A tiny robot known as MIRA will fly to the International Space Station (ISS) in 2024 to perform simulated surgery in microgravity.
MIRA, or “Miniaturized in vivo Robotic Assistant,” will fly to the International Space Station with a $100,000 award to the University of Nebraska-Lincoln through the U.S. Department of Energy’s established program to boost competitive research (EPSCoR).
The technology involved could in the future provide a solution to medical emergencies requiring surgery when astronauts are away from home, such as on a mission to Mars.
But first, the 2024 test mission will see MIRA operating in a microwave-sized experimental locker aboard the ISS in low Earth orbit.
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The goal will be to fine-tune the robot’s operation in microgravity through autonomous tests including cutting stretched rubber bands and pushing metal rings along a wire, mimicking the movements used in surgery.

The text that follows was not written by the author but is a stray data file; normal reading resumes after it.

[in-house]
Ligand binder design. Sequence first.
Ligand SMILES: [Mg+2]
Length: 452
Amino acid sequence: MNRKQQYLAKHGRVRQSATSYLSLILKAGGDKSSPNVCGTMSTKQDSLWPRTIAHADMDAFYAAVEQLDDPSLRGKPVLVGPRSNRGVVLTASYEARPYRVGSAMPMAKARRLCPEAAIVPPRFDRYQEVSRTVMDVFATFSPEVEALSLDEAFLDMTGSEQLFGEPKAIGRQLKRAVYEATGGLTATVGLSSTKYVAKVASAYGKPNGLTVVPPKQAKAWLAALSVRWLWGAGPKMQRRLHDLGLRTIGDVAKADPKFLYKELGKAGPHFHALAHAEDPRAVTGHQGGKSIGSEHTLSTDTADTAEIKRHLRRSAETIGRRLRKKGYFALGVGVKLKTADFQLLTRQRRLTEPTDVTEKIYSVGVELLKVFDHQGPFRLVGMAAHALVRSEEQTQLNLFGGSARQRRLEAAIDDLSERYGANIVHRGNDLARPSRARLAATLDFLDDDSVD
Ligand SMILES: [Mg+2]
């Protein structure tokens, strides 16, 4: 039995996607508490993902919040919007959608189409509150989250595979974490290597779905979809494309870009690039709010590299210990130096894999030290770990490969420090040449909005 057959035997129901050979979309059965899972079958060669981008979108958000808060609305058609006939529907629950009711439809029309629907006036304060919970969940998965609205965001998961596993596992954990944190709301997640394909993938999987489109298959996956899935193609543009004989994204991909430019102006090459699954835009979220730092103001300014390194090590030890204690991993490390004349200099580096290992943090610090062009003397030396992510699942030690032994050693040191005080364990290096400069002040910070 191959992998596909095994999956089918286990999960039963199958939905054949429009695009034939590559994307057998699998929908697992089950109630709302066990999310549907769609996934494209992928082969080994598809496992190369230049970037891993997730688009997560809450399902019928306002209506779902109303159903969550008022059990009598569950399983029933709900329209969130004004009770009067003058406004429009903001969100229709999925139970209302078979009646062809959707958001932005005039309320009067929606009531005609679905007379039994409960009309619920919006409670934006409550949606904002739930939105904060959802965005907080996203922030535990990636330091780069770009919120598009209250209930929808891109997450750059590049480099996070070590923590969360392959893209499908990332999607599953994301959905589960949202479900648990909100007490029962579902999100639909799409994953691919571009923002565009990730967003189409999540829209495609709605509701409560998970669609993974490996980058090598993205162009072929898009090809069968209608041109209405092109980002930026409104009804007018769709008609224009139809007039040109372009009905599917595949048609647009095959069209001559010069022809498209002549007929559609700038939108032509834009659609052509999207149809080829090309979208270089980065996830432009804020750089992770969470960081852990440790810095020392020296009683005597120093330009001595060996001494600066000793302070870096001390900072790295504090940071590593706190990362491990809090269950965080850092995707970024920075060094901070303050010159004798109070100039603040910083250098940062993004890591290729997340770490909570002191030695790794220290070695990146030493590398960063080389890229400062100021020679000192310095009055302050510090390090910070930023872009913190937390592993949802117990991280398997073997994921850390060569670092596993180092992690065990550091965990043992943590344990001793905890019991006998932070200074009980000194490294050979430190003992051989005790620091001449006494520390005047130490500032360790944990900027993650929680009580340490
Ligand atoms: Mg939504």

“NASA has long supported this research, and as a culmination of this effort, our robot will have a chance to fly on the International Space Station,” Shane Farritor, a professor of engineering at the University of Nebraska-Lincoln, said. in a statement (opens in a new tab).
Over the next year, Farritor and his team will write custom software for MIRA, configure the robot to fit in a standardized space station experiment container, and perform tests to make sure MIRA will work. as expected in space and will be able to survive a launch.
In previous tests, surgeons have successfully used the device to perform colon resections. It has also been used remotely, with a former NASA astronaut using MIRA to perform surgical tasks 900 miles (1,448 kilometers) from the operating room.
MIRA was developed by Virtual Incision, a startup co-founded by Farritor that has attracted over $100 million in venture capital investment since its inception in 2006.